Preserving Digital Materials at the Smithsonian Institution Archives
A presentation about the challenges of long term digital preservation of CAD, Digital Audio Tapes, digital videotapes, websites, social media, email, text documents, and images at the Smithsonian Institution Archives. Given by Lynda Schmitz Fuhrig, Electronic Archivist, at the Smithsonian Institution Digitization Fair held in Washington, DC in 2010.
Published on: Mar 4, 2016
Transcripts - Preserving Digital Materials at the Smithsonian Institution Archives
Preserving Digital Materials at the Smithsonian Institution Archives<br />Lynda Schmitz Fuhrig<br />Electronic Records Archivist<br />
Long-term digital preservation<br />More than 350 accessions contain electronic records in a variety of types including video, sound, images, databases, applications, websites, and text. These range from exhibit planning documents to unit handbooks to conference images. <br />One collection can contain thousands of files<br />Files arrive via removable media or file transfer<br />Goal is to ensure authenticity, integrity, and accessibility<br />Use best practices and accepted archival standards <br />Use formats that are open, lossless, and widely accepted. Proprietary formats, i.e., Microsoft Word and WordPerfect are problematic<br />Document all processing steps including virus scans and checksums<br />Perform full-level preservation as much as possible. Bit preservation at minimum for files we cannot convert or emulate.<br />Original files always maintained<br />Images and video are the top types in terms of size<br />Files kept on backed-up SIA servers, LTO tapes <br />
CAD – Computer assisted design<br />A 2-D CAD drawing of an aerial view of the plan for the National Museum of the American Indian, 2003. View in AutoCAD proprietary software. SIA Accession 06-012<br />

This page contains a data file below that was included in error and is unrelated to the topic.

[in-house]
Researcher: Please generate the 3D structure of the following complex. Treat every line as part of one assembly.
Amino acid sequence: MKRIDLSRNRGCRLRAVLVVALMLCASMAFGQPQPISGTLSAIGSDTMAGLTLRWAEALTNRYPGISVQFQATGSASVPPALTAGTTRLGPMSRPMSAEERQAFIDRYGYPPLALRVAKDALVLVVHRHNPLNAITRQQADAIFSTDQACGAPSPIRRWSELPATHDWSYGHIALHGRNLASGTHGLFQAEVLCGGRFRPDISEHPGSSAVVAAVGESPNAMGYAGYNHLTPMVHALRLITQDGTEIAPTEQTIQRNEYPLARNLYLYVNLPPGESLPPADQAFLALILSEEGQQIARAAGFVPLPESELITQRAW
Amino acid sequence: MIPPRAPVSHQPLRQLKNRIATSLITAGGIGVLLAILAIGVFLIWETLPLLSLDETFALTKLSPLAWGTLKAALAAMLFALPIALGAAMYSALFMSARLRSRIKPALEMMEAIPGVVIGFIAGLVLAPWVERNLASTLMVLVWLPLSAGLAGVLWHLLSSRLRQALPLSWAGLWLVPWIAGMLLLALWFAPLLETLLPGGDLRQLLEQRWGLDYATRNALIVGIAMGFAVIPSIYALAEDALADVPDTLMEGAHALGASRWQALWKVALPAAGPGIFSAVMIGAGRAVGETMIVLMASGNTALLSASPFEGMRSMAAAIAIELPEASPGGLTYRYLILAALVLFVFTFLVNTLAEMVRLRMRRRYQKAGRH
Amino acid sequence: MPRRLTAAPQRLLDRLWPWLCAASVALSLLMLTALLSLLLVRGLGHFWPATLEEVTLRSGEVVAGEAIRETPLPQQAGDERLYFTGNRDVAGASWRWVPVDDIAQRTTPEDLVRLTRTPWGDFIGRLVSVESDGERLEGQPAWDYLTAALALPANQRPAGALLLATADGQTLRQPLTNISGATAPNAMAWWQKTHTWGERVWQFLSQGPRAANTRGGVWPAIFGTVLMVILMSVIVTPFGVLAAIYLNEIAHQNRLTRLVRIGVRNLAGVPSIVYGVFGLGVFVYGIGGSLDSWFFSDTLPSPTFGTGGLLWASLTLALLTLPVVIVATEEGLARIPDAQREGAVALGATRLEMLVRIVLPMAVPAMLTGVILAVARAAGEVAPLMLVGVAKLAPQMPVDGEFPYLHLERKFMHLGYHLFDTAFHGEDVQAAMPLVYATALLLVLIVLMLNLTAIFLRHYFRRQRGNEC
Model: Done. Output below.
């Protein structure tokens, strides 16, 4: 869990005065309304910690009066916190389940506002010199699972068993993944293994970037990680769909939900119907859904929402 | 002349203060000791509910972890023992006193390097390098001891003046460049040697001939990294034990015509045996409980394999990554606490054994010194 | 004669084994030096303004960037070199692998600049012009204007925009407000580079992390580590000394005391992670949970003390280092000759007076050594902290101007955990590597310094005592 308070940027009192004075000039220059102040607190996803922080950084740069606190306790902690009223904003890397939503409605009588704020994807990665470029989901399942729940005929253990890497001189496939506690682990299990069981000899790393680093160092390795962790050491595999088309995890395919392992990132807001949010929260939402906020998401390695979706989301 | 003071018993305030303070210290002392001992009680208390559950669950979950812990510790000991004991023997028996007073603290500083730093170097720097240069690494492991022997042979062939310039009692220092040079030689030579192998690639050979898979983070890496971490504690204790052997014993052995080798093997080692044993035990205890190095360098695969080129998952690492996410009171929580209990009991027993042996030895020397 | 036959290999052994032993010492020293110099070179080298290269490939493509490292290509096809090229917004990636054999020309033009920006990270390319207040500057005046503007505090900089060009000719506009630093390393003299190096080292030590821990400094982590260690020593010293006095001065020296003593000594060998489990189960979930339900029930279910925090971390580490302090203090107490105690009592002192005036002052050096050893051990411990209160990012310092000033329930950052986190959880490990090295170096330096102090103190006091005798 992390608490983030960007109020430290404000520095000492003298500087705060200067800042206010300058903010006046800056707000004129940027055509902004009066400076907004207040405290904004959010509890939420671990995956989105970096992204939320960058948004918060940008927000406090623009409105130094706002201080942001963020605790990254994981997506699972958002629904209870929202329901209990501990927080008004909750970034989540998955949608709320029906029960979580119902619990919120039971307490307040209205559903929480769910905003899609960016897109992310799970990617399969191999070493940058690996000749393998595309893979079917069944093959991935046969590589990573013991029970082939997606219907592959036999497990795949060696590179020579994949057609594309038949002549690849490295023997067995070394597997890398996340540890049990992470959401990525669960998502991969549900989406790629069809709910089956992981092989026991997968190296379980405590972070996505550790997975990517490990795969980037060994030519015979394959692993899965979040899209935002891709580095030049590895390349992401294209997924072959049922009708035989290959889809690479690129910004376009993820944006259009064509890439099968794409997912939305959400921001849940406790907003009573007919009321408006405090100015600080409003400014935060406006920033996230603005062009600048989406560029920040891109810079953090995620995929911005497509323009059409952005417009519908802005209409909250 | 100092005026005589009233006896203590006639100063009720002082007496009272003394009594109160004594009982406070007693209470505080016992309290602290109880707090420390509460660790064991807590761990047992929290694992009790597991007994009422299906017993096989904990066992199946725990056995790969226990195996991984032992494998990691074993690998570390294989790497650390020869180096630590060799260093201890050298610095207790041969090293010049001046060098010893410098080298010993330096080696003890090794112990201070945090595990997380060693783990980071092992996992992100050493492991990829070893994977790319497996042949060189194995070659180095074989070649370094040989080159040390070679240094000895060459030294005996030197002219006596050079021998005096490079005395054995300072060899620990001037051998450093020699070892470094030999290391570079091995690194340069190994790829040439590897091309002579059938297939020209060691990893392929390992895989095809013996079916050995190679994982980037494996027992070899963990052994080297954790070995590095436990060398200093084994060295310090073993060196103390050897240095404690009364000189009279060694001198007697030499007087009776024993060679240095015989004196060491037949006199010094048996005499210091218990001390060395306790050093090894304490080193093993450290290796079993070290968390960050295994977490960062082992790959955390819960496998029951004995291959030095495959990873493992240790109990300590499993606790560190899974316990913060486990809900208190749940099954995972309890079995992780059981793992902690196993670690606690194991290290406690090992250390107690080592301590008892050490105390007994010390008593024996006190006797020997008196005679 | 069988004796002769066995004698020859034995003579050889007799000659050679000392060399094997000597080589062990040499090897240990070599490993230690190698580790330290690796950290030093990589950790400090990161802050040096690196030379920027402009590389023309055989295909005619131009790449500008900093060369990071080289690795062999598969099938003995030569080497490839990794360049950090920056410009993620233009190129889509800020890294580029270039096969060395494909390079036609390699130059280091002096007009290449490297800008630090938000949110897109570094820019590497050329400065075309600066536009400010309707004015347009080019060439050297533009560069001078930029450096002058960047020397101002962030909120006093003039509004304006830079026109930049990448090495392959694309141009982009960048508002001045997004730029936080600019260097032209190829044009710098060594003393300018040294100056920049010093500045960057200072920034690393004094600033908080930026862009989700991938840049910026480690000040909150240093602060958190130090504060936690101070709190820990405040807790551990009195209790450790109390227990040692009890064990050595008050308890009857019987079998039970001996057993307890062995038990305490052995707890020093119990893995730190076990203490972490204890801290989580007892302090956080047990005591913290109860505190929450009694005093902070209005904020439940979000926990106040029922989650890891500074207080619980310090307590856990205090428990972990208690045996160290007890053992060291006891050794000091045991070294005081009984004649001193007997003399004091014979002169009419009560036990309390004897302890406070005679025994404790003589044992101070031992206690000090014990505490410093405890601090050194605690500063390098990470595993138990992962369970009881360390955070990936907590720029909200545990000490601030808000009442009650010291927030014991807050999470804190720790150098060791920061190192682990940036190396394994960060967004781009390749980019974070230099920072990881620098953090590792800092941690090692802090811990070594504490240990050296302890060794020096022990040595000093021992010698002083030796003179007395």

Same 2-D CAD drawing preserved as a PDF file. SIA Accession 06-012<br />
Digital audio tapes <br />Smithsonian Jazz Masterworks Orchestra<br />Lena Horne<br />Jazz Smithsonian Radio Broadcast with Lena Horne, “A Spanish Tinge,” 1997<br />All clips from SIA Accession 04-062<br />Introduction by David Baker, SMJO<br />“Manteca” performed by SMJO<br />Using DAT machine on loan from Smithsonian Folkways to conduct digital-to-digital transfers<br />Audio files being preserved as WAV/Broadcast WAV<br />
Digital Video <br />“The Colbert Report – National Treasure: Portrait of Stephen” video<br />SIA Accession 10-111<br />NASM Udvar-Hazy Center preview video <br />SIA Accession 04-055<br /><ul><li>Digital A/V files are huge and complex
Preservation tools and formats/codecs not as straightforward as other types.
We also have been digitizing our video histories</li></li></ul><li>SI Websites and social media<br />Archiving SI websites since the late 1990s through a variety of methods<br />Now using open-source archival crawler Heritrix and other tools for social media captures<br />
Email collections <br />Conducted three-year grant-funded project to study techniques for long-term preservation of email collections<br />Resulted in tools and procedures now in use <br /> at SI Archives<br />
Images<br />Roxie C. Laybourne, a pioneering forensic scientist at the Smithsonian Institution,<br />examines aircraft parts. <br />SIA Accession <br />04-086<br />Exhibition photograph from the National Portrait Gallery’s “Champions of American Sport.”<br />SIA Accession 09-066<br />Original formats include GIF, JPG, EPS, TIF, PCD, etc.<br />Accepted preservation format currently is TIF. <br />Smithsonian American Art Museum staff paints the “Wall of Expression” in commemoration of Sept. 11, 2001.<br />SIA Accession 03-127<br />
Text documents <br />MS Word document <br />from SIA Accession 02-094<br />WordPerfect document <br />from SIA Accession 95-052<br />Rich Text <br />Format (RTF) document <br />from SIA Accession 06-058<br />Numerous word-processing files and spreadsheets<br />Preservation format is PDF/A or PDF<br />